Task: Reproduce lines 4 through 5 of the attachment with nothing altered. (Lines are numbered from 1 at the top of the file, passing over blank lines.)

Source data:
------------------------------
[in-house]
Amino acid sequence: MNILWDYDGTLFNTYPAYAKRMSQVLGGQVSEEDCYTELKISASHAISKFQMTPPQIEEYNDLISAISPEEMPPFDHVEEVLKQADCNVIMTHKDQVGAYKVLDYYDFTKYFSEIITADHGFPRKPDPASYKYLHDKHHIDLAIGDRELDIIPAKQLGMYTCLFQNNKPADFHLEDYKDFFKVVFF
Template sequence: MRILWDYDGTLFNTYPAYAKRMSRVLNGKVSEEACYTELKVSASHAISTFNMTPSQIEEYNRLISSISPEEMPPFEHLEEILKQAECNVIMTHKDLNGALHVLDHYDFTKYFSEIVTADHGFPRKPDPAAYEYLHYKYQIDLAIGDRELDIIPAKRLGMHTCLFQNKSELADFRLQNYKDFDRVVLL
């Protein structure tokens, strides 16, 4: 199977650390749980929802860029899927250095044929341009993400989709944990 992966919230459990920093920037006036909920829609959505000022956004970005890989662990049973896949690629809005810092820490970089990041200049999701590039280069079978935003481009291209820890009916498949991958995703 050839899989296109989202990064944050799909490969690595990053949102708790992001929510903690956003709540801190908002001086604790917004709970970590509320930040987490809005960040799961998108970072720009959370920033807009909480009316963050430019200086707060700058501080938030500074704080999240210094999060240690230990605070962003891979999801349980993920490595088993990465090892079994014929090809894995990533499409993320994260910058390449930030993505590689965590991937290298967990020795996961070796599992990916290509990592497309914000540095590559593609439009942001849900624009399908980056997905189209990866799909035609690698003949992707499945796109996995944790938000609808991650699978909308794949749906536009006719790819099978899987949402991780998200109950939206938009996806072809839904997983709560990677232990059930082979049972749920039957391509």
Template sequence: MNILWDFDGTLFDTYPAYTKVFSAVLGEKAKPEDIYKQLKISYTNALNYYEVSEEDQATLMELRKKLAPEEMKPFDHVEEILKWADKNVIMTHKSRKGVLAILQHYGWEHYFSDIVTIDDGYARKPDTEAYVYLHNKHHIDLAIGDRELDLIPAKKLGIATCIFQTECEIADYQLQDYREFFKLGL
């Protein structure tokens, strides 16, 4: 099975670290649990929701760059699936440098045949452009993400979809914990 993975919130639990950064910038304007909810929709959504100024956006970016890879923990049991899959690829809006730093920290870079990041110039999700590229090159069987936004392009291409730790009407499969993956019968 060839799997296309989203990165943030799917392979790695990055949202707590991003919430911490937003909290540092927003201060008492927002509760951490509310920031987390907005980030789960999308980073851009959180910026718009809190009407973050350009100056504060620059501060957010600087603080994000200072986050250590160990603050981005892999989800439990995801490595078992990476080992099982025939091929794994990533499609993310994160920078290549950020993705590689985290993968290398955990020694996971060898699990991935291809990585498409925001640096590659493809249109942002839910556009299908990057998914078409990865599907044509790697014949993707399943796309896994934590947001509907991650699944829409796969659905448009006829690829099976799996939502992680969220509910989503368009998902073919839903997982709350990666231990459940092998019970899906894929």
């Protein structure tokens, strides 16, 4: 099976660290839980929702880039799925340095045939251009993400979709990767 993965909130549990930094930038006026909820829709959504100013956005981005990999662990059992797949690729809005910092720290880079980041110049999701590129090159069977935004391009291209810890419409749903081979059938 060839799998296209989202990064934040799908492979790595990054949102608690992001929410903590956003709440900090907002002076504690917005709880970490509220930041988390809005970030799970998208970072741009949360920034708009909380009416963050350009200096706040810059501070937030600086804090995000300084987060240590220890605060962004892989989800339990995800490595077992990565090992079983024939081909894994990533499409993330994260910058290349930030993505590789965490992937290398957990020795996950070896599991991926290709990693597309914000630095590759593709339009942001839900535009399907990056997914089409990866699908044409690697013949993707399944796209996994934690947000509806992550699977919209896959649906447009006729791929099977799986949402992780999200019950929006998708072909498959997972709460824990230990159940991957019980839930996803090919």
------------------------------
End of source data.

């Protein structure tokens, strides 16, 4: 199977650390749980929802860029899927250095044929341009993400989709944990 992966919230459990920093920037006036909920829609959505000022956004970005890989662990049973896949690629809005810092820490970089990041200049999701590039280069079978935003481009291209820890009916498949991958995703 050839899989296109989202990064944050799909490969690595990053949102708790992001929510903690956003709540801190908002001086604790917004709970970590509320930040987490809005960040799961998108970072720009959370920033807009909480009316963050430019200086707060700058501080938030500074704080999240210094999060240690230990605070962003891979999801349980993920490595088993990465090892079994014929090809894995990533499409993320994260910058390449930030993505590689965590991937290298967990020795996961070796599992990916290509990592497309914000540095590559593609439009942001849900624009399908980056997905189209990866799909035609690698003949992707499945796109996995944790938000609808991650699978909308794949749906536009006719790819099978899987949402991780998200109950939206938009996806072809839904997983709560990677232990059930082979049972749920039957391509």
Template sequence: MNILWDFDGTLFDTYPAYTKVFSAVLGEKAKPEDIYKQLKISYTNALNYYEVSEEDQATLMELRKKLAPEEMKPFDHVEEILKWADKNVIMTHKSRKGVLAILQHYGWEHYFSDIVTIDDGYARKPDTEAYVYLHNKHHIDLAIGDRELDLIPAKKLGIATCIFQTECEIADYQLQDYREFFKLGL